Disciplined Action involves having a culture that stays focused on something big you do very well and leveraging technologies that allow you to be a pioneer within your chosen field.
The main message I got from “Good to Great” is you first must hire and deploy the human assets that share the same future state of the company. A strong talent pool will then listen to the brutal facts (data) about the customers, industry, company’s core competencies, & trends to build a defined business model (don’t allow scope creep to invade your model) you are extremely knowledgeable about. The last step being building a culture and utilizing technology that enhance your overall position within your industry.
Ironically, there are some common themes between “Good to Great” and “Execution”. They both put a premium on the human element, using fact based information to build your plan, and laser focus on the targets. Pretty simply in theory but the proof is in the pudding when you look at the results. The results being your profitability, growth, market share and most importantly meeting the expectations of the analysts from Wall Street. Those Wall Street analysis can be brutal but execution is truly as simple as focusing on those 3 components.
Even more interesting is both authors arrived at similar results through 2 different modes. Jim Collins and staff took at very methodically approach by using company data and interviews from 28 companies to draw correlations while “Execution” authors utilized real life input given Mr. Bossidy’s background and experience at General Electric, Allied Signal, and Honeywell to Mr Charan’s insights when consulting with CEO’s and senior executives at numerous start-ups and Fortune 500 companies.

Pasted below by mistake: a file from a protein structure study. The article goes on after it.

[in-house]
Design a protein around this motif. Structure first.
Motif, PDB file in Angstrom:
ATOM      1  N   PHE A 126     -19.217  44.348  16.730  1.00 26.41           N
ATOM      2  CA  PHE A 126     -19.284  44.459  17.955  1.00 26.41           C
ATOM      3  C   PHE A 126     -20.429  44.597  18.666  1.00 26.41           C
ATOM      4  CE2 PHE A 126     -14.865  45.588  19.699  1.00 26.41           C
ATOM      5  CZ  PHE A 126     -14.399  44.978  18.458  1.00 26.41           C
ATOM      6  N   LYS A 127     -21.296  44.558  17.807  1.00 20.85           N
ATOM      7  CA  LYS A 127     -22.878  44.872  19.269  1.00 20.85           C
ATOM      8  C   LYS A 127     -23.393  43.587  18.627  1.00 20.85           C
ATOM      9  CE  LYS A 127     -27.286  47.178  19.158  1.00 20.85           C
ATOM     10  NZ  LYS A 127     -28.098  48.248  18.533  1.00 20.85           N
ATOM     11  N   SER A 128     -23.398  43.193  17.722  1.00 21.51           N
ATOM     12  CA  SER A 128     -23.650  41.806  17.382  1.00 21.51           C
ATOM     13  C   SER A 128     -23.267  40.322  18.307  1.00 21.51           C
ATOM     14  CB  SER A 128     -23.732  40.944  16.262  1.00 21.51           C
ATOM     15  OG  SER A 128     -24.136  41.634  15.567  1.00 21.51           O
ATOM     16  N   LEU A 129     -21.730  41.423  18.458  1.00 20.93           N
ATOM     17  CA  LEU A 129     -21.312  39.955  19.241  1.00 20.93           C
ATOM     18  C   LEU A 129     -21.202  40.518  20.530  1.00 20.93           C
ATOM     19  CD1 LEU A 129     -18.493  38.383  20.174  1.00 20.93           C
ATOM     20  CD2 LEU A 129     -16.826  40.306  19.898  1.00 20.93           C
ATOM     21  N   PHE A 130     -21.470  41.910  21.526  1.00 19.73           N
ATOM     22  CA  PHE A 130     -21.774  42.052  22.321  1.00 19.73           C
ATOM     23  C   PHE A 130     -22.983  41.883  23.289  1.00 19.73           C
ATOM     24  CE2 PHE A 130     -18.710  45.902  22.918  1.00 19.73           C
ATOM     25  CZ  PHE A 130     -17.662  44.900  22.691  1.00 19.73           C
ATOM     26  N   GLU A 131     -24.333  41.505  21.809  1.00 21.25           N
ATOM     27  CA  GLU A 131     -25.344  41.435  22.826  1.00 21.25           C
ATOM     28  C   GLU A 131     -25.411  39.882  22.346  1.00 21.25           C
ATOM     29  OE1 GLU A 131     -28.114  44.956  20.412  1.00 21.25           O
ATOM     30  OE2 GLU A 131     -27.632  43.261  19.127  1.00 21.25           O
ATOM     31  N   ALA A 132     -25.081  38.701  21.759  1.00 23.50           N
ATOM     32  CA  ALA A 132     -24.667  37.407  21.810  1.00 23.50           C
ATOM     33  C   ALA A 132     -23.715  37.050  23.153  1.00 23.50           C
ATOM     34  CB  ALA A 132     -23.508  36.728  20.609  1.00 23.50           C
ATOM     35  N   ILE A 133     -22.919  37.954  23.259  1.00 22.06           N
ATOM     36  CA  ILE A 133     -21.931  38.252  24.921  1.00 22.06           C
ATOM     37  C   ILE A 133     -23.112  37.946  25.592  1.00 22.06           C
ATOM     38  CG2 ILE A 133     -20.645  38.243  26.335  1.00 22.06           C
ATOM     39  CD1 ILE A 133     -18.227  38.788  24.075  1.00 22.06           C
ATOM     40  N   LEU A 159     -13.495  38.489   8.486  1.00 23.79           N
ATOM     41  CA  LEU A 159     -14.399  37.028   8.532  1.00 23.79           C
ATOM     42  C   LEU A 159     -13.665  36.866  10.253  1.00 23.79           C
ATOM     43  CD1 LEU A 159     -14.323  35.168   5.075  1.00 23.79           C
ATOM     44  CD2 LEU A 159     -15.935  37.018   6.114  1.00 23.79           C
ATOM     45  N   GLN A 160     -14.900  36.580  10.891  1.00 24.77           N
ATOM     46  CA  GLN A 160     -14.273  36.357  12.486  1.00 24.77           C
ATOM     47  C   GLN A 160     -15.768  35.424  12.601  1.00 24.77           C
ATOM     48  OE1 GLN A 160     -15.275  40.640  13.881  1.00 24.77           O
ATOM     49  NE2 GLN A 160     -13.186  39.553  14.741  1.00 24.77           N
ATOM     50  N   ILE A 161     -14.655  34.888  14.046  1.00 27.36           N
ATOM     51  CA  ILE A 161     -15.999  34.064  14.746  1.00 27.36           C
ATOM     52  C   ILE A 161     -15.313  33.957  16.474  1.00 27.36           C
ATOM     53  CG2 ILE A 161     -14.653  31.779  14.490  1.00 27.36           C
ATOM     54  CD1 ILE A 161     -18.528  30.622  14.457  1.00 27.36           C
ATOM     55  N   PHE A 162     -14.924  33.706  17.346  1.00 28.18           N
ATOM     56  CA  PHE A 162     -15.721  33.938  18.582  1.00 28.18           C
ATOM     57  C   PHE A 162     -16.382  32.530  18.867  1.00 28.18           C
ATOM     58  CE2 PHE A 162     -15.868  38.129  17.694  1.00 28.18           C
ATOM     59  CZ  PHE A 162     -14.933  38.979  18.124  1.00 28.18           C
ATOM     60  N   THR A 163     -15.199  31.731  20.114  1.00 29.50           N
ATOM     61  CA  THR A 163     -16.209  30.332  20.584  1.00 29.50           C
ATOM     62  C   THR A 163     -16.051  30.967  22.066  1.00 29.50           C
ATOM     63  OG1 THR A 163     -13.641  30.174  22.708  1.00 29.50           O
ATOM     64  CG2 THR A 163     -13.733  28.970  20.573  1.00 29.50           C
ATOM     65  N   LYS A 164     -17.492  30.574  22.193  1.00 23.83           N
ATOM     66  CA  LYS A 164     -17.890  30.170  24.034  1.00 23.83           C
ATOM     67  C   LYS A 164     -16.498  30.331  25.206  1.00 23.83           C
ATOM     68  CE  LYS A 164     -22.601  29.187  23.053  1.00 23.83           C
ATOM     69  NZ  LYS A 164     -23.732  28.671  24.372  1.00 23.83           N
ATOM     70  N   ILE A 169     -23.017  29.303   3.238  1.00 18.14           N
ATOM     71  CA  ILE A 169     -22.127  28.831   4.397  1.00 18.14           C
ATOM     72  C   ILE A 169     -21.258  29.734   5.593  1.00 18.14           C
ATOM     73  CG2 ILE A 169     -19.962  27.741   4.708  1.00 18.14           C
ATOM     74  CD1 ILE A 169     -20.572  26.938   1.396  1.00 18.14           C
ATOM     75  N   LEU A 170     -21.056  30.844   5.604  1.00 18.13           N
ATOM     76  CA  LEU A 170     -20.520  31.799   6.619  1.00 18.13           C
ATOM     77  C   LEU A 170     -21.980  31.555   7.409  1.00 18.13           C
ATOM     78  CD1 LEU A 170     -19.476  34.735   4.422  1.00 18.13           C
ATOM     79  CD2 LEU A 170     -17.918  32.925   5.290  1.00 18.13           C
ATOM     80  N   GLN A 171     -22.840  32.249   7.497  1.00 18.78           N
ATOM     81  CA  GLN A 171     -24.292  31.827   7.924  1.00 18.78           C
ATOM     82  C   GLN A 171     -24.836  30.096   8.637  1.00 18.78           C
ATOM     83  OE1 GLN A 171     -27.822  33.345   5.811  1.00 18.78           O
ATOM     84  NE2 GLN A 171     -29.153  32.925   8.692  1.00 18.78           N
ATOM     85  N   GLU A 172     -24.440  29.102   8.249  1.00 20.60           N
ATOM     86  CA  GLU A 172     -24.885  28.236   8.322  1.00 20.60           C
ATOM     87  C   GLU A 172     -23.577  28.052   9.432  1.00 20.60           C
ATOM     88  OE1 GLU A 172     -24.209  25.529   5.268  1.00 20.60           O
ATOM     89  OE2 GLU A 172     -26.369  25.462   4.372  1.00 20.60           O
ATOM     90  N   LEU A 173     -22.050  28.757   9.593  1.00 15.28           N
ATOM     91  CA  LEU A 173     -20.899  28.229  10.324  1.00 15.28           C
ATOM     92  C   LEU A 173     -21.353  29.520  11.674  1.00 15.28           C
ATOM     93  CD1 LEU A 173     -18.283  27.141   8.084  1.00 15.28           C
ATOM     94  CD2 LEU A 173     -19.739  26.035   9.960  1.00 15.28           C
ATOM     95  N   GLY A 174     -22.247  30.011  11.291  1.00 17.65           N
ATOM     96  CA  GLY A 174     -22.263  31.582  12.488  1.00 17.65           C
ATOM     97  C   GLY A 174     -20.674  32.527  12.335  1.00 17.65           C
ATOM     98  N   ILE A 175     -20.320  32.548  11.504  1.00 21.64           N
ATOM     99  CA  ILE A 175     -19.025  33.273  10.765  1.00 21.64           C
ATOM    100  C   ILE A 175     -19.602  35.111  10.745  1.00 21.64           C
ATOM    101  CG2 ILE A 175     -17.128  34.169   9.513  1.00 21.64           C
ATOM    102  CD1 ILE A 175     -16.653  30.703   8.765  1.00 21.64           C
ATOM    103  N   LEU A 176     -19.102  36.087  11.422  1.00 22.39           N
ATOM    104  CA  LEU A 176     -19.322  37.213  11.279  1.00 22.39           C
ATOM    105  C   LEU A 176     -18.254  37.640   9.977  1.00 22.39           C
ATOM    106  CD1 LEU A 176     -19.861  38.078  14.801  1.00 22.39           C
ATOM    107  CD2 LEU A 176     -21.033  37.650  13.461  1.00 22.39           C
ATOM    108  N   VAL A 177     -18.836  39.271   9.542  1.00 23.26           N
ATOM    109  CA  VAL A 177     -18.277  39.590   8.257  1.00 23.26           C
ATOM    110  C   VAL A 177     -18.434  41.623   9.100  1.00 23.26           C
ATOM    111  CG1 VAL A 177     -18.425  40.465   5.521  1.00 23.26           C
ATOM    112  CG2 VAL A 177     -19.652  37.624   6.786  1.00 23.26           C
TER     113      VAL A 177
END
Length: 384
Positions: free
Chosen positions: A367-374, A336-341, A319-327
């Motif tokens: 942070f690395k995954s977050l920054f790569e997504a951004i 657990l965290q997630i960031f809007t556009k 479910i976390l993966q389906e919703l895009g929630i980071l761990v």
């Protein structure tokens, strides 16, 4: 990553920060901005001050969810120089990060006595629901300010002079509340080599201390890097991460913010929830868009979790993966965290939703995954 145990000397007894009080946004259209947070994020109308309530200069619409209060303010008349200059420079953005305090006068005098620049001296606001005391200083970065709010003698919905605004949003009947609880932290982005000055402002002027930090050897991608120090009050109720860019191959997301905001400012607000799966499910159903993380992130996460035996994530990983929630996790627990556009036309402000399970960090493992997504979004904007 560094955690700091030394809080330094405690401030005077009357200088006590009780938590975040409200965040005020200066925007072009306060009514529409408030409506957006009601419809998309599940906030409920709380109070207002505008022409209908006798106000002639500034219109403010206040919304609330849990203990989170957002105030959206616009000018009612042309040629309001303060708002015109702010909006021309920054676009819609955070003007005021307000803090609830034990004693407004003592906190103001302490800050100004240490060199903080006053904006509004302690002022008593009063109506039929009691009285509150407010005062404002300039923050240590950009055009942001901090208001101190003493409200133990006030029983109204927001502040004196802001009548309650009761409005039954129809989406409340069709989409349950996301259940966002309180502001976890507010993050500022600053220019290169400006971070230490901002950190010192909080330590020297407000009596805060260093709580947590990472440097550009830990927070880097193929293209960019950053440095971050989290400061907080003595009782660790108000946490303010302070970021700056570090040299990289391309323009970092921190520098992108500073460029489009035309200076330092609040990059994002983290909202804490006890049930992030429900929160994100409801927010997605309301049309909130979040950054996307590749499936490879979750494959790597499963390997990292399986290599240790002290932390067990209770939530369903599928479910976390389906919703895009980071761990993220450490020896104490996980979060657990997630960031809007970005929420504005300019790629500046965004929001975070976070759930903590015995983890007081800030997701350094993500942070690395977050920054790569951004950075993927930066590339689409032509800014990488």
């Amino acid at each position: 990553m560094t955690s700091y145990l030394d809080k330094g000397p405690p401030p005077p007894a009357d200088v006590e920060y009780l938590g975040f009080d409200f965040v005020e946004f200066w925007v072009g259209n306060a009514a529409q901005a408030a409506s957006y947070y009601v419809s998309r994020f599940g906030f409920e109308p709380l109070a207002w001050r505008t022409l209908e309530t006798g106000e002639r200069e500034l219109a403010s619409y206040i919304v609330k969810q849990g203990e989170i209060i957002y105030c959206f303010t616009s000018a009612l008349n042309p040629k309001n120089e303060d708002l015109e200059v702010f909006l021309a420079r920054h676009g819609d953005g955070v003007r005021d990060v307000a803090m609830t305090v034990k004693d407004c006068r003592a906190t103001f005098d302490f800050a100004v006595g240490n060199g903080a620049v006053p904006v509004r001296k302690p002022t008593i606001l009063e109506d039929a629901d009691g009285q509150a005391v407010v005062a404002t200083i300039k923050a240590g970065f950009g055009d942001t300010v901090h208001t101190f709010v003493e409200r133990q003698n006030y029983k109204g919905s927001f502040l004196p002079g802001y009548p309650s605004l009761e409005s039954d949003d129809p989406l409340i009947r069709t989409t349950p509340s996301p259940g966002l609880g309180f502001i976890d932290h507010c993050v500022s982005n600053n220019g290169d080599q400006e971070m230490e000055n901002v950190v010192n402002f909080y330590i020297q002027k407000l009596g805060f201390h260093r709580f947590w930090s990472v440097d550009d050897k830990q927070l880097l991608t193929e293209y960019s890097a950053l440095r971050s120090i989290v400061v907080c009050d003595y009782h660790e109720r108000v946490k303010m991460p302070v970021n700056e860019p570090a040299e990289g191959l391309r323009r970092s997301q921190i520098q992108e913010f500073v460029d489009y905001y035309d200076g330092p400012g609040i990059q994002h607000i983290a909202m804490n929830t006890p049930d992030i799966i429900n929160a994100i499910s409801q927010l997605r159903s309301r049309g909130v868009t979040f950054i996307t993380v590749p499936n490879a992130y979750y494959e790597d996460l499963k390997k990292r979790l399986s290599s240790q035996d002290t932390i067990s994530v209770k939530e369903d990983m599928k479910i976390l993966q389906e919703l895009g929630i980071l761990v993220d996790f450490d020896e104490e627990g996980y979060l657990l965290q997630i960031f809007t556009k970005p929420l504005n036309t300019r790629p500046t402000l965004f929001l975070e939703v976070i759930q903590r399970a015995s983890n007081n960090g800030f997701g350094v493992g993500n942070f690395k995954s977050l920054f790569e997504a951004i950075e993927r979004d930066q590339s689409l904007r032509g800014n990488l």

As I look at my philosophy based on real life experiences and that of several highly decorated business authors, it is quite clear that flawless execution does touch the three principles of the Who (Human Asset), the What (Data Focused Decisions/Strategy), and the How (Meeting Targets). In a Business Transformation / Continuous Improvement frame of mind, the Who is the aspect of “Breaking Down the Functional Walls” while the What is the “Developing a Cascading Strategy”, and the How is the “Holding Everyone Accountable”.
To summarize, regardless if you are deploying a business transformation program or running a multiple billion dollar global conglomerate you need to keep in mind the aspect of fully leveraging and integrating the Who, What, & How.
Brad Nelson is a Vice President for Business Operations for JP Morgan Chase, and has previously been an executive with CITI, ADP and Blockbuster. Follow Brad on Twitter.